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Chair’s Reception: Meet Darren Hardman, VP and General Manager for Amazon Web Services, UK & Ireland

Many companies claim to be customer-focussed but Amazon claims to be customer-obsessed. first launched in the US in 1994, and since this time, innovation and anticipating customer needs has been at the forefront of the company’s growth.

After over a decade of building and running the highly scalable web application,, the company realised that it had developed a core competency in operating massive scale technology infrastructure and data centres, and embarked on a much broader mission of serving a new customer segment—developers and businesses—with web services they can use to build sophisticated, scalable applications.  

Amazon Web Services (AWS), Amazon’s cloud computing business, first launched an infrastructure region in the UK in December 2016 and has gone on to help businesses of all sizes and across all industries to innovate, scale and transform using its range of cloud-based services. 

We were delighted to welcome Darren Hardman to speak at Manchester Digital’s Chair’s Reception to an exclusive audience of CTOs from across the North West on Thursday, March 31. The event was sponsored by Slalom and the Q&A was hosted by Catherine Wilks, senior director at Slalom. 

“As a business, we’re unusually customer-focused. A lot of companies say this. Very few walk that walk. Most are actually competitor-centric. We take a long-term approach to how we interact with our customers, focusing not just on what they want, but what they need,” said Darren.

Darren explained that AWS works alongside the customer to figure out where they want to be in the future - and then work backwards to achieve that ambition. This ‘Working Backwards’ approach formalises AWS’s customer focus and ensures that AWS is continuously thinking about how the customer will perceive what they do. 

Darren Hardman, VP and General Manager for Amazon Web Services, UK & Ireland, in conversation with Catherine Wilks of Slalom

The discussion also focused on the availability and accessibility of digital and cloud training in the UK. The recent AWS Global Digital Skills Study revealed that there is an acute skills training shortfall in the UK today, with an estimated 11.6 million Britons, or 35% of the country’s workforce, requiring digital skills training over the next year alone. Darren added, “Helping to address this skills gap is a huge focus for us, and our customers, over the coming years. We have committed to train 29 million people globally in cloud skills by 2025 and this training and development will be critical to closing the technical skills gap to enable many more businesses to utilise the value of the cloud.”

AWS has launched a number of learning and skills programmes in the UK such as AWS re/Start. This programme prepares learners from unemployed and underemployed populations for careers in the cloud – at no cost to the learner. The 12-week, skills-based training programme covers fundamental AWS Cloud skills, alongside practical career skills, such as communication, time management, collaboration, interviewing, and CV writing. It covers the cost and prepares participants for the AWS Certified Cloud Practitioner exam, validating their cloud skills with an industry-recognised qualification, and connects learners with potential employers. AWS re/Start graduates have secured jobs at organisations such as Cancer Research, BT, and the Financial Times.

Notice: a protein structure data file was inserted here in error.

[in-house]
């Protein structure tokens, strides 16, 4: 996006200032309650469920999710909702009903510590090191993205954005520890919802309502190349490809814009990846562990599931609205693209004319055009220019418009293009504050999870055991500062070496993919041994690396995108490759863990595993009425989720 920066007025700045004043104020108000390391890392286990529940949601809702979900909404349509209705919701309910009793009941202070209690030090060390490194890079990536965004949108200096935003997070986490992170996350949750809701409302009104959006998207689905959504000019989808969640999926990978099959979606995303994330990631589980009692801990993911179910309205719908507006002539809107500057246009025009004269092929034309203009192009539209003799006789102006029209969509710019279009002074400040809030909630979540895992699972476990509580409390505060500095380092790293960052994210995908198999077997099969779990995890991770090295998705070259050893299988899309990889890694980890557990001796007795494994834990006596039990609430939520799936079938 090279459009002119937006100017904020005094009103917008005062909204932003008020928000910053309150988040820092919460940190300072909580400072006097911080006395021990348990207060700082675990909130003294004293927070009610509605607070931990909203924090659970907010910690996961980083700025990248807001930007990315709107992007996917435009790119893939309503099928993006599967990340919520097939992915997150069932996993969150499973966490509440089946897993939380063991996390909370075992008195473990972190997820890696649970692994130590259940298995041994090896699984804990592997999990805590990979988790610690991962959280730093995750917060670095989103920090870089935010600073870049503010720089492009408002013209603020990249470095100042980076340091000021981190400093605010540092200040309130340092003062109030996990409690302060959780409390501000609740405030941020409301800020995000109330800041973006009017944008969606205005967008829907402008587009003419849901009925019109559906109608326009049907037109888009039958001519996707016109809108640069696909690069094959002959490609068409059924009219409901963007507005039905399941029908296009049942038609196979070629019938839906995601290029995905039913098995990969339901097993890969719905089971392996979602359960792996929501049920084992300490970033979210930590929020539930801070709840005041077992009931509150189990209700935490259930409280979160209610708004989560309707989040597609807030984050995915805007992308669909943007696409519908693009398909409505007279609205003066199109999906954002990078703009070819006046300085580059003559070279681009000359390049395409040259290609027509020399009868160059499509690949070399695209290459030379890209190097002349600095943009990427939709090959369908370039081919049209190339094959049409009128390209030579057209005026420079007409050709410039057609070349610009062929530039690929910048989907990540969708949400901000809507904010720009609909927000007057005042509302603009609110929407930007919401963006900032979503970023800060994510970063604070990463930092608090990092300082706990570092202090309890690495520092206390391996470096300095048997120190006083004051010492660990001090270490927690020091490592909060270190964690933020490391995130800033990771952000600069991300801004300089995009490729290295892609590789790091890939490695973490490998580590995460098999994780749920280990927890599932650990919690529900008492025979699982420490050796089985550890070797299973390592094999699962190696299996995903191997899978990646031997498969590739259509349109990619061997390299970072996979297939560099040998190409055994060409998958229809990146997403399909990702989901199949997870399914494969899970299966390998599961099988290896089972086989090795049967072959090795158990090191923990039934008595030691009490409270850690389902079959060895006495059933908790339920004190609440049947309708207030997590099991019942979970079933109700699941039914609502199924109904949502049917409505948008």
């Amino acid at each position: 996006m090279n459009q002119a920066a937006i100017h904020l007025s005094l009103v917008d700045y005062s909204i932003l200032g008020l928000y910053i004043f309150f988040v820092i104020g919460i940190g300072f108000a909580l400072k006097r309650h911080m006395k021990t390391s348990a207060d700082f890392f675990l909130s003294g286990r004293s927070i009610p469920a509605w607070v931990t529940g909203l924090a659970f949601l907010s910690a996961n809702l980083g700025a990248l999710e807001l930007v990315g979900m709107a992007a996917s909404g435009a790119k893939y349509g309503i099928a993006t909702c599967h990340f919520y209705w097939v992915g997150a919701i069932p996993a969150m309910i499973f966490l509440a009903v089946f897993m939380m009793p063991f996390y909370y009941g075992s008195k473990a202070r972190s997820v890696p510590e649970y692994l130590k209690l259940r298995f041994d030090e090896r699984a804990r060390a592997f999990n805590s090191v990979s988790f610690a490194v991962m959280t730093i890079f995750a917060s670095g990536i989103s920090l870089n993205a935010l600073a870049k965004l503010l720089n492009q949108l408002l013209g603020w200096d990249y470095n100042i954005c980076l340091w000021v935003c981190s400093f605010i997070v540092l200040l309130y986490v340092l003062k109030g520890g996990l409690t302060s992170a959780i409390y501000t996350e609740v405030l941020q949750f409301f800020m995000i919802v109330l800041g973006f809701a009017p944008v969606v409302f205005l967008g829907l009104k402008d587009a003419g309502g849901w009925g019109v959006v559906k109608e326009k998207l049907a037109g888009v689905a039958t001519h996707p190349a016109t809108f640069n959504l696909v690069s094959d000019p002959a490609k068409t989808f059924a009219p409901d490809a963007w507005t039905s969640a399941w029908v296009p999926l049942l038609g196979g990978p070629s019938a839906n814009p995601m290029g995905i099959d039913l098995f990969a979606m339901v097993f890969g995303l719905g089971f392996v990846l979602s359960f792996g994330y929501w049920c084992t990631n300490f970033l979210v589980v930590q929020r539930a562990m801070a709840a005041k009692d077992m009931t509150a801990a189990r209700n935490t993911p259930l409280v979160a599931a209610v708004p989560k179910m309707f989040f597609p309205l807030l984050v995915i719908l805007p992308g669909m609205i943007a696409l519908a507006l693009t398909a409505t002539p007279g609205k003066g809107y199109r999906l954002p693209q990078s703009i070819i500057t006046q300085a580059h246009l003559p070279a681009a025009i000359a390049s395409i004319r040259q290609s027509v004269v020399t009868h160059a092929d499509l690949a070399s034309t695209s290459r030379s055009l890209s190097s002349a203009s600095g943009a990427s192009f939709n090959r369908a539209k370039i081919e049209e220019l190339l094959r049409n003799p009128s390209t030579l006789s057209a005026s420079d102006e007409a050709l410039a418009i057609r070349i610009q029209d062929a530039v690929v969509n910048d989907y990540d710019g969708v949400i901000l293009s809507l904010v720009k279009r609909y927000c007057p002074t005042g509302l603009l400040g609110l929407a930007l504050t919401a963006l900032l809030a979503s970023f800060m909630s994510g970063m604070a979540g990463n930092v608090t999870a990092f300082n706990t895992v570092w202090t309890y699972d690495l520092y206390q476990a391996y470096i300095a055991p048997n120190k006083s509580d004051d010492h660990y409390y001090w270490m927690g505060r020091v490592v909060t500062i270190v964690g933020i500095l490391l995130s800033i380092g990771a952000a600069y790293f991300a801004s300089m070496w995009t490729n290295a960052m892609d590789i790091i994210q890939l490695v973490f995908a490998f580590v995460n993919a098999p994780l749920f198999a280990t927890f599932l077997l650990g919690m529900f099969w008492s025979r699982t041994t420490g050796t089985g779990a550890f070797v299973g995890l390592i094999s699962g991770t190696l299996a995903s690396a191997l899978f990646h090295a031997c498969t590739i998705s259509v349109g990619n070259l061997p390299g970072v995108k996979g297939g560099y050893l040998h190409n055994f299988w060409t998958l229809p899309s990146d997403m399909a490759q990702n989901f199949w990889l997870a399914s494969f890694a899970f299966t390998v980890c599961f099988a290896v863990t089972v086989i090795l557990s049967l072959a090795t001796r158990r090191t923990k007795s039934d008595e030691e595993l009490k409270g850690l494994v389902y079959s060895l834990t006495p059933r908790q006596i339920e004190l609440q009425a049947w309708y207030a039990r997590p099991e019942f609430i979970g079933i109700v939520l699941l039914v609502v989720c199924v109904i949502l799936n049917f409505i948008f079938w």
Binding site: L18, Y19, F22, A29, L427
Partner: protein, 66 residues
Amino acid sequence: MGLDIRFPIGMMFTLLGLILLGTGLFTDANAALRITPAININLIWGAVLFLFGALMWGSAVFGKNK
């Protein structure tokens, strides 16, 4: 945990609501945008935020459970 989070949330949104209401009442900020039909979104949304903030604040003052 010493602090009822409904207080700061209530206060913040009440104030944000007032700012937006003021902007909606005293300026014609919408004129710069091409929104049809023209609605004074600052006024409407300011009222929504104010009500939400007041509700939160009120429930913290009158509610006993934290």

AWS also focuses on inspiring young students, especially girls, to consider a career in tech. AWS GetIT invites schools to take part in an inter-school competition to design an app which solves a real issue faced by their school or community. Darren said that “through AWS GetIT, we are inspiring girls, aged between 12 and 13, to become tomorrow’s tech innovators and leaders.”

Lastly, Darren touched on sustainability, which is huge priority for AWS, as well as for every one of their customers. He said, “At AWS, we are working hard to meet our goal of powering our operations with 100% renewable energy, and we’re on a path to achieving this by2025, five years ahead of our original 2030 target as outlined in The Climate Pledge”. 

Moving to the cloud is actually a low hanging fruit when it comes to a business’ ability to drive down carbon usage. A recent study by 451 Research found that AWS infrastructure is five times more energy efficient than the average European enterprise data centre. This means that businesses in Europe can reduce energy usage by nearly 80% when they run applications on the AWS cloud.

We hope that all of our guests found the discussion insightful and we look forward to hosting our next Chair’s Reception later this year. 

About our sponsor

Slalom is a modern consulting firm focused on strategy, technology, and business transformation.

They enjoy solving problems through collaboration; helping their clients to modernise, bring solutions to life and transform their culture. They put people at the centre of everything they do.

Find out more about Slalom here or for an informal chat, contact Paul Squire ( 

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